The teen years can be a tricky time for most young people: hormones are all over the place and puberty can take its toll on their bodies, especially their skin.
Jo Snyckers, professional skincare therapist and expert advisor to local skincare brand Naturals Beauty, says treating teenage skin should be a combination of factors, including following a good skincare regimen using toxic-free products, eating a well-balanced diet and drinking enough water. She says it’s also important to understand your teen’s skin type and treat it accordingly.
Try to avoid these five common mistakes:
1. Using harsh chemicals to ‘dry out’ the skin
Contrary to popular belief, when the skin is dried out of its natural oils, it protects itself by over-producing oil, which
leads to even more breakouts. If your daughter uses makeup, encourage her to use only natural, water-based products and face wipes. Oils, dyes, and harsh chemicals clog up the pores and cause even more acne.
2. Not moisturising the skin
After cleansing, protect your skin with a good moisturiser, which acts as a barrier to pollution. Pollution contains free radicals and other aggressors that penetrate deep into the skin’s layers and cause long-term damage, while encouraging pimples, eczema, rashes, and other problems on the outer layer of the skin.
3. Eating too much junk food
Drink lots of water Most teens and tweens have smartphones, which means 24/7 screen time and less physical activity. As their tech gadgets are their favourite things, encourage them to download apps that will get them moving. The following are all compatible with Android and iPhone.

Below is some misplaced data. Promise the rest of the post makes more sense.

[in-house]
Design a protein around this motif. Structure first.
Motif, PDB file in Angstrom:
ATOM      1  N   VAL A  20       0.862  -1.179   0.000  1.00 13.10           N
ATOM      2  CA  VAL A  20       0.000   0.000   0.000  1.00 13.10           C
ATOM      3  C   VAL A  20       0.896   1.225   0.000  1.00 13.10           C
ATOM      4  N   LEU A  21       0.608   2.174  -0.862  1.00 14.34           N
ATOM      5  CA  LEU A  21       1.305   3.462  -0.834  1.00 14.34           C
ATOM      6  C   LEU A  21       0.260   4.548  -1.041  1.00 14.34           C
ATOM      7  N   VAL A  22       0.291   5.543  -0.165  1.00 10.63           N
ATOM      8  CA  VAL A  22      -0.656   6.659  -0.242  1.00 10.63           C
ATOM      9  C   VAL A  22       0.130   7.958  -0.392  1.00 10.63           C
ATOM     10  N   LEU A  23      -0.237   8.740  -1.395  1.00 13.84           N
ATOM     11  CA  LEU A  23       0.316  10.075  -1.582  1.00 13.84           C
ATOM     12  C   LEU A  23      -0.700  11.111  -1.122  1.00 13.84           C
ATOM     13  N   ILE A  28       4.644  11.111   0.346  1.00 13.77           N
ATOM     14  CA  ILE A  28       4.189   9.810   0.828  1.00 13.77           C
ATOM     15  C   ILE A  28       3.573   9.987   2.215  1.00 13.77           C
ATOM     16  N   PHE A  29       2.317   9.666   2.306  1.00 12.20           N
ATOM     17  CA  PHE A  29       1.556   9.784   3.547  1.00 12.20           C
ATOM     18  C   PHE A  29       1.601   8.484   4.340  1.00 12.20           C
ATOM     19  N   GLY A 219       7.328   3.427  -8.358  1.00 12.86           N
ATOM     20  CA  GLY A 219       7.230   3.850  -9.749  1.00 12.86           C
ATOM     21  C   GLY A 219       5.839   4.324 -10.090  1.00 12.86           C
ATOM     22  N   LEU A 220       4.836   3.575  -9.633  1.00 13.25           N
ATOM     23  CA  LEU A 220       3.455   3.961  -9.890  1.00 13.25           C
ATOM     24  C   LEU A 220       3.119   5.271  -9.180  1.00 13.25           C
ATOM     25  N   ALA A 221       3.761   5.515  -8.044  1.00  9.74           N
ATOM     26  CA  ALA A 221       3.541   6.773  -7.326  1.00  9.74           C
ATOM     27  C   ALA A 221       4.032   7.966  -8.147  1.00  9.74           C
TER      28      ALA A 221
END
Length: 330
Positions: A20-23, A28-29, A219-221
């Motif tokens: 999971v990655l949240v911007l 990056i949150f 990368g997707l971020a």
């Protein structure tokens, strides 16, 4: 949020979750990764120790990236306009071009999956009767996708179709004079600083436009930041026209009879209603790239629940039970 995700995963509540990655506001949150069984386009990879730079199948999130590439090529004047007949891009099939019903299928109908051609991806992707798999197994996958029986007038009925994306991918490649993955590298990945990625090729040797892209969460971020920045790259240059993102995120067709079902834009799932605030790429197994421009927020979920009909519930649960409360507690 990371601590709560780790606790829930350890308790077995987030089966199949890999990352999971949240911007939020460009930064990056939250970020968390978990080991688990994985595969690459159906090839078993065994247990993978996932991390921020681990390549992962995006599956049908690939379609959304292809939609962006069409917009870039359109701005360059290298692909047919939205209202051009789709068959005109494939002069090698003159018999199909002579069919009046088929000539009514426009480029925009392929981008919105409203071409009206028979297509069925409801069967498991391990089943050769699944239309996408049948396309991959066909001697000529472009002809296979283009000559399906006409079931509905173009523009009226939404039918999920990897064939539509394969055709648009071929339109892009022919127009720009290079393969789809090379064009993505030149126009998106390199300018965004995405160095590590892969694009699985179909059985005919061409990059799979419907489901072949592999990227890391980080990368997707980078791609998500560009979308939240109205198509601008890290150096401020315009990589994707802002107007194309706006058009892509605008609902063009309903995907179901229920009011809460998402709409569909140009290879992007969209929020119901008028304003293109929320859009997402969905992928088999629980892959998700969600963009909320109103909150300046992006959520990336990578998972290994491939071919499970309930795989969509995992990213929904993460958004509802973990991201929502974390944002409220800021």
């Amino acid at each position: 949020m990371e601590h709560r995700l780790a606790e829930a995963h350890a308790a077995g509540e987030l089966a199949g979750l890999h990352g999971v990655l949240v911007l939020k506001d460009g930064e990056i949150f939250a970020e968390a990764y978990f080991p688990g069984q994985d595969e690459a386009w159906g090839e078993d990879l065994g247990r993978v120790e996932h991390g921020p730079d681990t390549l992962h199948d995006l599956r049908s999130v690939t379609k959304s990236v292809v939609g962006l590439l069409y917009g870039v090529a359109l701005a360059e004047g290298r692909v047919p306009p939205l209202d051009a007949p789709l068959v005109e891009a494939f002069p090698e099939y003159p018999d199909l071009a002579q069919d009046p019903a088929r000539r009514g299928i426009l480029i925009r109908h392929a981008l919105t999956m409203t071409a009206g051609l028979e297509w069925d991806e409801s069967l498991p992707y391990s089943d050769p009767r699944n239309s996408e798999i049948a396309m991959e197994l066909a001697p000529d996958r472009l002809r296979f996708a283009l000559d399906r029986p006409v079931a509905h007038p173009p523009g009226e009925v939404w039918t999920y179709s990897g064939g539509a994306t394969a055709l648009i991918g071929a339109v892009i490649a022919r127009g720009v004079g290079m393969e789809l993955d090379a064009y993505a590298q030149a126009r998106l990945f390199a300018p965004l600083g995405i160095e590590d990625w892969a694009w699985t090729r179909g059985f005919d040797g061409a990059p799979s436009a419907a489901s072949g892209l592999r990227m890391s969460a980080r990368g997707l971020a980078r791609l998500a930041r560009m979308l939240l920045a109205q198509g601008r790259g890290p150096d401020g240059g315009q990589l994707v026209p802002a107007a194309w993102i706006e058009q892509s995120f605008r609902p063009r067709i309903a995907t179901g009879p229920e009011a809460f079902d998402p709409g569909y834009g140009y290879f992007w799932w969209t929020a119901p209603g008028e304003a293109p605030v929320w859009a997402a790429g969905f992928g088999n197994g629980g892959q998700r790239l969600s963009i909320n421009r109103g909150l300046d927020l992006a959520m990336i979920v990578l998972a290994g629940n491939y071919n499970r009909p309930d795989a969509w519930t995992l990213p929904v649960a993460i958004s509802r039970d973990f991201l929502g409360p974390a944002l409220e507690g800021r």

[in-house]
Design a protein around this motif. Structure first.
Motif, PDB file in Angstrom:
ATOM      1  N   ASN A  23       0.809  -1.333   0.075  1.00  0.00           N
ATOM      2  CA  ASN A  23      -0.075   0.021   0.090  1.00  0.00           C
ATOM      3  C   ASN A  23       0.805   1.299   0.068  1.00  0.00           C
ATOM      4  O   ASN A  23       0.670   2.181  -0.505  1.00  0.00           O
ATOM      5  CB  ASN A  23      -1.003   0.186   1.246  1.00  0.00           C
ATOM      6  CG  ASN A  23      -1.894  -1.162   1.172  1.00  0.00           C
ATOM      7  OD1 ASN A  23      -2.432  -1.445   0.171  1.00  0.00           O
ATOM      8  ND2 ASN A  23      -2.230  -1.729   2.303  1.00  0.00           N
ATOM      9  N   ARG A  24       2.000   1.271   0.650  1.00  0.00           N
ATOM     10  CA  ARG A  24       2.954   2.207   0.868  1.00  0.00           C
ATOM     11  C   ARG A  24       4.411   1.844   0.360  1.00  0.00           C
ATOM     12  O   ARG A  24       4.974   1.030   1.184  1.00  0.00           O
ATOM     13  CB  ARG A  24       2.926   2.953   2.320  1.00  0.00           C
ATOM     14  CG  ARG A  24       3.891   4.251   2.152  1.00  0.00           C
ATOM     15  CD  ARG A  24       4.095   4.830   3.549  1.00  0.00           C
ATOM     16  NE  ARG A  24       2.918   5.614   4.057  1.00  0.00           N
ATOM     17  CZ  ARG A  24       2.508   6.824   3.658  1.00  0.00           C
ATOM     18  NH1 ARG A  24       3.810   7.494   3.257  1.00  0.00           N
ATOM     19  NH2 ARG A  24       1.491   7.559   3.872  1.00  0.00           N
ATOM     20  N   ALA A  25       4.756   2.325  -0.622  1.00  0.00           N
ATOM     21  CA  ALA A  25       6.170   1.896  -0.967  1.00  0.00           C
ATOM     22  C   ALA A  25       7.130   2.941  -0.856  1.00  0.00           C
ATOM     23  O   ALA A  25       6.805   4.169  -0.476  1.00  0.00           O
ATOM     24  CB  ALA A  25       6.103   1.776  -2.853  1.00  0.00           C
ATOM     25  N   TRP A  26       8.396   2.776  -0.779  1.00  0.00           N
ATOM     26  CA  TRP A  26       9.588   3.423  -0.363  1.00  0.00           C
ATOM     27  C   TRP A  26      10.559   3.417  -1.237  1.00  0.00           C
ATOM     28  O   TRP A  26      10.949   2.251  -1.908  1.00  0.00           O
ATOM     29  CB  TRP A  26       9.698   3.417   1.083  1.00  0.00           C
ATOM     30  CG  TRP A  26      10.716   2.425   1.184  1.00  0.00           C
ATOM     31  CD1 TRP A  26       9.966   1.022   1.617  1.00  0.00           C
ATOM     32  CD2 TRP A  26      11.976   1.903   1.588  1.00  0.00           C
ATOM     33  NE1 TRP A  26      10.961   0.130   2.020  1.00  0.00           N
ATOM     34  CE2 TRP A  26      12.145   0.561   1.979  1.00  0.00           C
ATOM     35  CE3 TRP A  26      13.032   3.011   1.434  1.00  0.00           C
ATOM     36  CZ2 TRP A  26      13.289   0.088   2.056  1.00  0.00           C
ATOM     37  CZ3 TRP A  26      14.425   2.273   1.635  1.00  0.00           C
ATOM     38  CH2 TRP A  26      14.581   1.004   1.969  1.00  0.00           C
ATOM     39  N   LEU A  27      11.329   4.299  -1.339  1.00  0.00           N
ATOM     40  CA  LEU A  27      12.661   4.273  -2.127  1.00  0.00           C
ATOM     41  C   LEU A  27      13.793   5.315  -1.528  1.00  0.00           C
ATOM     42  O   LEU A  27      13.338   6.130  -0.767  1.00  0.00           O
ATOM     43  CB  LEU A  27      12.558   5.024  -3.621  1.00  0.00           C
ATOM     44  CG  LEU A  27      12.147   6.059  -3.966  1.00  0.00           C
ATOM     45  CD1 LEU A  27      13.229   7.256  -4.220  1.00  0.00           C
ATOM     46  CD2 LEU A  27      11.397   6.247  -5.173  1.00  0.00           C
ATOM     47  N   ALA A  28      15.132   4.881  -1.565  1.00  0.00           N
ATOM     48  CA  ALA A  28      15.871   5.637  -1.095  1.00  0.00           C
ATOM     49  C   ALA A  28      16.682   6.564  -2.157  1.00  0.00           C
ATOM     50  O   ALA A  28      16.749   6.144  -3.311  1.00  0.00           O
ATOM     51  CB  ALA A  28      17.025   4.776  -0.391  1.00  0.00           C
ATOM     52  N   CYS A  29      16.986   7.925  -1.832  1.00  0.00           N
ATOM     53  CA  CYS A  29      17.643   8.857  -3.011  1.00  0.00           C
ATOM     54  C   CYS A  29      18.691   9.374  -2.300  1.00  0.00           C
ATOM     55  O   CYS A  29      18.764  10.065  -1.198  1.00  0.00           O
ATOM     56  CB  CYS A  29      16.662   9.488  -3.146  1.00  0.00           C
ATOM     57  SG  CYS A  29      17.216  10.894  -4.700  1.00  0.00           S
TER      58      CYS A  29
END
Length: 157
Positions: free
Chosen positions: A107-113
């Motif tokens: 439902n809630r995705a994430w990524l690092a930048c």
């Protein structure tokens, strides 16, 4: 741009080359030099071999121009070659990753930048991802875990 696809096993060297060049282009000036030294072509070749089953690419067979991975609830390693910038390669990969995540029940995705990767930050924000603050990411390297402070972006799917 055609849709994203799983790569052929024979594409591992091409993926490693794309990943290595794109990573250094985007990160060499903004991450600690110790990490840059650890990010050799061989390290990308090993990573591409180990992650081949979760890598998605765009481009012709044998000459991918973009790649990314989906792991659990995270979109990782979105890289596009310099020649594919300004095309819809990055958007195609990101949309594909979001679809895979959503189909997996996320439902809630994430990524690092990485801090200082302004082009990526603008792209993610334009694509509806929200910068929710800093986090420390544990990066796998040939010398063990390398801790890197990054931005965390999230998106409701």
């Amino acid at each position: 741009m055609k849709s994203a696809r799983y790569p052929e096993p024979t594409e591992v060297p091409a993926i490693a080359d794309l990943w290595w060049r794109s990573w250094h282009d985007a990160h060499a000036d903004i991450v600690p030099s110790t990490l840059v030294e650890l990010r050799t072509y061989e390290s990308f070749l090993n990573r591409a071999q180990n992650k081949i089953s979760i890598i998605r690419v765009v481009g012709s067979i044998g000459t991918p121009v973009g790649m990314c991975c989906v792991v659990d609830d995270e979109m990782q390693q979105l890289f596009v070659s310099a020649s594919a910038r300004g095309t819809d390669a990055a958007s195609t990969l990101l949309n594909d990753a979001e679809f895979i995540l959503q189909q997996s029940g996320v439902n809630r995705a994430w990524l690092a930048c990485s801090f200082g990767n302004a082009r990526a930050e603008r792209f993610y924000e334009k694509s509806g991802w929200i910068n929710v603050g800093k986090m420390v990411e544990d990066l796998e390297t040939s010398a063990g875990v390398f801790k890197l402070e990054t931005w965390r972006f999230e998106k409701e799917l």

4. Not protecting skin from the sun
Wear a daily sunscreen with UV protection to prevent long-term damage from the sun’s harsh rays. Not only
does sunburn potentially lead to skin cancer in the long run, but the skin can also develop sun spots, wrinkles, and
5. Constantly touching your face with dirty, germ-filled hands
Wash your hands before touching your face, and don’t touch, squeeze, or pop your pimples – this encourages
bacteria to enter the cut, risking infection and scarring.
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The advice contained here is strictly for informational purposes. The content is not intended to be a substitute for professional advice, diagnosis, and treatment. Always consult your GP or a doctor for specific information regarding your health.